Disputes over the meaning of contracts most often arise in one of three circumstances. The first is when an event has occurred that the contracting parties did not foresee or provide for at the time of contracting. The second is when there was (subjectively) no meeting of the minds on a particular point, with the result that the parties have ended up with diverging expectations of their contractual rights and obligations. The third is when there has been sloppy or faulty drafting, such that the contractual language is ambiguous or unclear. The decision of the UK Supreme Court in Lloyds TSB Foundation for Scotland v. Lloyds Banking Group plc decidedly falls in the first category. A change in accounting rules that was unforeseen, unforeseeable and indeed unthinkable at the time of contracting led to an interpretive dispute. How, then, is a contract to be interpreted when the unforeseen happens?
The answer, according to the UK Supreme Court, is to consider the contractual language purposively and contextually to discern the meaning of the contract at the time it was made. The result does not break any new ground – rather it applies well established principles – but it is an interesting example of the way UK (and Canadian) courts approach contractual interpretation. (As a technical matter the case was decided under Scottish law, but the relevant principles are identical to the law of England and of common law Canadian provinces.)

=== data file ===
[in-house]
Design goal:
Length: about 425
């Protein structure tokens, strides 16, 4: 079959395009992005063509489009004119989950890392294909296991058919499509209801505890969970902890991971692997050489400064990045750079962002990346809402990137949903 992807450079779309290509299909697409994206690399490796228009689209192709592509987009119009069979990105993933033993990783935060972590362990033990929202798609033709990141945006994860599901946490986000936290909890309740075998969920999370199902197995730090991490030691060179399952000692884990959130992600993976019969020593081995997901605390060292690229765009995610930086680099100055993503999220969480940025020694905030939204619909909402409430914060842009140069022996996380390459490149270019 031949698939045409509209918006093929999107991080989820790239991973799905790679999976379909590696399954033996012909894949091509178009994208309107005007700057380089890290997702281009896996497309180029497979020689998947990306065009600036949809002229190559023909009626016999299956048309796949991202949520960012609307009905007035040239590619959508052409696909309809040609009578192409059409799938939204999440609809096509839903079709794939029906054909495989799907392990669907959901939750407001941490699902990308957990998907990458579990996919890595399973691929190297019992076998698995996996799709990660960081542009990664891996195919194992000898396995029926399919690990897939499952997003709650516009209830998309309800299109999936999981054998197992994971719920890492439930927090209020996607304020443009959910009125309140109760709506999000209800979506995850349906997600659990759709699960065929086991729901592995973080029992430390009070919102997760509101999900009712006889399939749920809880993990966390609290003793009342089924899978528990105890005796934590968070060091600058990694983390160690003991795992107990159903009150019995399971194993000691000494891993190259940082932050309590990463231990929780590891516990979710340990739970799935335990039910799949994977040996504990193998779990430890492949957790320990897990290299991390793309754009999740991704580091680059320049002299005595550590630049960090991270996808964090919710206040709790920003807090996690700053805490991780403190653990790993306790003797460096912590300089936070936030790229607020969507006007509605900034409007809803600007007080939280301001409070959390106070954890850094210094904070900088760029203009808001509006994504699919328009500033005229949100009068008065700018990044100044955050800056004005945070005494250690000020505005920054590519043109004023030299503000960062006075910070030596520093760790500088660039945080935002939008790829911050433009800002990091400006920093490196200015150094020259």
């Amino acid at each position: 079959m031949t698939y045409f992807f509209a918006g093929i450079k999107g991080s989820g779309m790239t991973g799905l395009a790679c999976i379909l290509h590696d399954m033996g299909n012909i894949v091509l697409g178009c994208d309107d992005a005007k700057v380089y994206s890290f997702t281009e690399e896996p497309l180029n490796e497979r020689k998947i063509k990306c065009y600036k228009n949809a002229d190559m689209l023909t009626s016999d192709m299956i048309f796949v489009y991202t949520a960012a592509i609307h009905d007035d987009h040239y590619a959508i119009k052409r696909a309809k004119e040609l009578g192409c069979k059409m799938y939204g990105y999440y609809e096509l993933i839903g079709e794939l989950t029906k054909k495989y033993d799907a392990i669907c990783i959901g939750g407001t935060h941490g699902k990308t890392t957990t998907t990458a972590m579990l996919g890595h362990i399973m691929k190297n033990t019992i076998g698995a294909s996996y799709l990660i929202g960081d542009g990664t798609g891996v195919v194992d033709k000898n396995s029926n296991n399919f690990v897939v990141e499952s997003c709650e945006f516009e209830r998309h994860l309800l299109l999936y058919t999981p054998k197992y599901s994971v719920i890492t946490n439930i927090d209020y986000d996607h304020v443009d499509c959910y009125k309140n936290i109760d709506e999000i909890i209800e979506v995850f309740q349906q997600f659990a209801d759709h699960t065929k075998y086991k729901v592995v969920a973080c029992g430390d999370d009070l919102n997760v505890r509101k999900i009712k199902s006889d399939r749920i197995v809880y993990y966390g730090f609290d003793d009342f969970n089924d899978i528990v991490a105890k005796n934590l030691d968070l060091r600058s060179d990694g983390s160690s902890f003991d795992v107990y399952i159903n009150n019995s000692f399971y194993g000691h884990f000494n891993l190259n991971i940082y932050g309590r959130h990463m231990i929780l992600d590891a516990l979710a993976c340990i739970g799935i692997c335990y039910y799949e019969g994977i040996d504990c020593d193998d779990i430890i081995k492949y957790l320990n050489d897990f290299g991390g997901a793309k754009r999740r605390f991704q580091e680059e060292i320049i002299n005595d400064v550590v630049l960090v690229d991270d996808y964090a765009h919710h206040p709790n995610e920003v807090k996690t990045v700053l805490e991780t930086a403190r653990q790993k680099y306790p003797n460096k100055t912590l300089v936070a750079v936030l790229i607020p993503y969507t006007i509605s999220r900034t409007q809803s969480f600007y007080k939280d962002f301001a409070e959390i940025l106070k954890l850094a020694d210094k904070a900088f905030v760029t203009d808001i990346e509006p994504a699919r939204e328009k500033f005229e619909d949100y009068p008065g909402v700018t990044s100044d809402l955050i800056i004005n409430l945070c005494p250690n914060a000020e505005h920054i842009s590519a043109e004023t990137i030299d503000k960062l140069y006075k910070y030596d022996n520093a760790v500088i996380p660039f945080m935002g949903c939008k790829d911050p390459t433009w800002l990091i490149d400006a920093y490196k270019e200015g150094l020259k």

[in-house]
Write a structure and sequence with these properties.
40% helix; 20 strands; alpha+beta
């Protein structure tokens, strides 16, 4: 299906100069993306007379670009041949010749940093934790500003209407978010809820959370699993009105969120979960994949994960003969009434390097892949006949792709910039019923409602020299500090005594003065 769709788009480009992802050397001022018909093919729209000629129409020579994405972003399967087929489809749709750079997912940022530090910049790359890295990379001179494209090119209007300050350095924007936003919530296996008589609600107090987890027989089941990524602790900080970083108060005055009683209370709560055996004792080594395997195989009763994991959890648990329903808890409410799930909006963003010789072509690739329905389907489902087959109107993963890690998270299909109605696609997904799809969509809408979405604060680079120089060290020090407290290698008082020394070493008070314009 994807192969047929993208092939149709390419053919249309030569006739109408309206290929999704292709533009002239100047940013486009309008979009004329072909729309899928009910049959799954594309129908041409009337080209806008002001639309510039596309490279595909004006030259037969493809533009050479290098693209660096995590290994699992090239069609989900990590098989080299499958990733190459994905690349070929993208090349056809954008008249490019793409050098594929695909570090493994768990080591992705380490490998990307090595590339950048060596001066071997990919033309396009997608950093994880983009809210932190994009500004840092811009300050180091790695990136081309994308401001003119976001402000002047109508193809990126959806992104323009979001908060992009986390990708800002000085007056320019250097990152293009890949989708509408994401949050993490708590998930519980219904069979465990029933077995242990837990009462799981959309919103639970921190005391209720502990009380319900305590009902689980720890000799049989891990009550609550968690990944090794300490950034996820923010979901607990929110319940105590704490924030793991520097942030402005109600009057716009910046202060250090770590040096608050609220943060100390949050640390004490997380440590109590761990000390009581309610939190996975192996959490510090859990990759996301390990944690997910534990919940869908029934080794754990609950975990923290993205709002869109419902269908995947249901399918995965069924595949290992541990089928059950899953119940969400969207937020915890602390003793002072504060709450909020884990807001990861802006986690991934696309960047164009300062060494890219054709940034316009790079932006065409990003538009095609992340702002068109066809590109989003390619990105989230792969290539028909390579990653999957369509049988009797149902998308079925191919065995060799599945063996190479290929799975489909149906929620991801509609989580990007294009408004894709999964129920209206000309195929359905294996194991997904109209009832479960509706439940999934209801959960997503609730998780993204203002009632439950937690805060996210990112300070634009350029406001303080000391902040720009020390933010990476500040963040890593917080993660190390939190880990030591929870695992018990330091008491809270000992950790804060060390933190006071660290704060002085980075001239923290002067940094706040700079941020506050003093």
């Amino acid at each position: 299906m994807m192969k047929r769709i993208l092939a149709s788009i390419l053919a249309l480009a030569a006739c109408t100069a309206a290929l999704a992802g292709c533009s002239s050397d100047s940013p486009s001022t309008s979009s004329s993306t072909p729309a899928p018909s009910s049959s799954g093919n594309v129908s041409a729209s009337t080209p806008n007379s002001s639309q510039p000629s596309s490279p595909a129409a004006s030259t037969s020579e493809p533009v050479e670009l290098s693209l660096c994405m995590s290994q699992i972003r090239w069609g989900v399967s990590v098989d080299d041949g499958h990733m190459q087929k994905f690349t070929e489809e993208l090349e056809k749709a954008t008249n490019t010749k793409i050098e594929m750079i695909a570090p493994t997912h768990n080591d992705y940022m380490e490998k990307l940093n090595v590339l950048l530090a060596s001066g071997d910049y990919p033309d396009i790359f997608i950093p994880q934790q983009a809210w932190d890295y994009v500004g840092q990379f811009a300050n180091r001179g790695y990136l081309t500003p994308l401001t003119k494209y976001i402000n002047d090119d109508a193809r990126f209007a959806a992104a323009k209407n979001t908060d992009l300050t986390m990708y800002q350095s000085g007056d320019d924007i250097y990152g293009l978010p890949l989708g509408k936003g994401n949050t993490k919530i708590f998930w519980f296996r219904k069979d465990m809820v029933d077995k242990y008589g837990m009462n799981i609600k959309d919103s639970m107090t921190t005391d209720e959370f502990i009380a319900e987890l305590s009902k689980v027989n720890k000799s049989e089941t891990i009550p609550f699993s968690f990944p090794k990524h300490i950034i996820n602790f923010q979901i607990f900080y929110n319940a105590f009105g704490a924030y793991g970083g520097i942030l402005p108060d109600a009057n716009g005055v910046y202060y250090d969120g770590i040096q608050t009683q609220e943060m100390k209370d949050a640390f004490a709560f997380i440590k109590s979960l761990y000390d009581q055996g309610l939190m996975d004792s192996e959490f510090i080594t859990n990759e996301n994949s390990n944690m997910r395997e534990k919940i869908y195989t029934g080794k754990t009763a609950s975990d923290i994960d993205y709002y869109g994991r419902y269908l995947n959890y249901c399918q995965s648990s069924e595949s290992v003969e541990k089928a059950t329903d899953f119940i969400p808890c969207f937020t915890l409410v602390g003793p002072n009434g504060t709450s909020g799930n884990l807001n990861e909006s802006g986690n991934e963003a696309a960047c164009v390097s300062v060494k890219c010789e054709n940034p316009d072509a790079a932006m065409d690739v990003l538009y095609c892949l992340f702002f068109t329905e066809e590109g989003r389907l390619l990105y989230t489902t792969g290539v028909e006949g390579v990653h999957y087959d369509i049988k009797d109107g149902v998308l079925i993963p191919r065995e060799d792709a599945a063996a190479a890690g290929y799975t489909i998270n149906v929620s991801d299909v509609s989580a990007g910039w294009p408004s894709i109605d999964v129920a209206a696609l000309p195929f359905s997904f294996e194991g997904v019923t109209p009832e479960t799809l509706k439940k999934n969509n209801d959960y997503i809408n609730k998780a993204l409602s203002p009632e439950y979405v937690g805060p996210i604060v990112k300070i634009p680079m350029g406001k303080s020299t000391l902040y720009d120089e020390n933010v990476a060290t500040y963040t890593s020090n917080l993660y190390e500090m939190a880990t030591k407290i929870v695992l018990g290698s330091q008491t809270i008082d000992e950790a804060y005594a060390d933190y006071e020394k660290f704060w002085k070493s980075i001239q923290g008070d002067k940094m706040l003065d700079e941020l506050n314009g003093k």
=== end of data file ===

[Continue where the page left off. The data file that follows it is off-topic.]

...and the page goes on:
In 1997, Lloyds Bank (“Lloyds“) and Lloyds TSB Foundation for Scotland (the “Foundation“) entered into an agreement requiring Lloyds to make an annual payment to the Foundation, which undertakes charitable activities. The payment was to be a certain percentage of Lloyds’ pre-tax profit or £38,920, whichever was greater.
In 2009, at the depth of the international financial crisis, Lloyds bought a troubled mortgage lender, HBOC plc, for half its book value. Under UK accounting principles at the time of the agreement in 1997, the acquisition would not have affected Lloyds’ consolidated income statement (its profit and loss statement) because the difference between the price Lloyds paid for HBOC and its book value was an unrealized profit. Only if Lloyds sold its interest and realized a profit would the gain be included on the profit and loss statement.
However, in 2005 the UK adopted European Union regulations that required publicly traded companies like Lloyds to include unrealized gains in their consolidated profit and loss statements. The uncontradicted expert evidence was that in 1997 such a change was not only unforeseen and unforeseeable but also “unthinkable”.
The “unthinkable” event had a potentially profound effect. Without inclusion of the unrealized gain on the acquisition of HBOS, Lloyds lost over £10 billion in 2009, which would result in the Foundation receiving the minimum payment of £38,920. However with inclusion of the unrealized gain, Lloyds’ loss of £10 billion became a profit of over £1 billion. As a result, the Foundation would be entitled to a payment of £3,543,333.
How, then, was the agreement between Lloyds and the Foundation to be interpreted in light of the occurrence of the “unthinkable” event?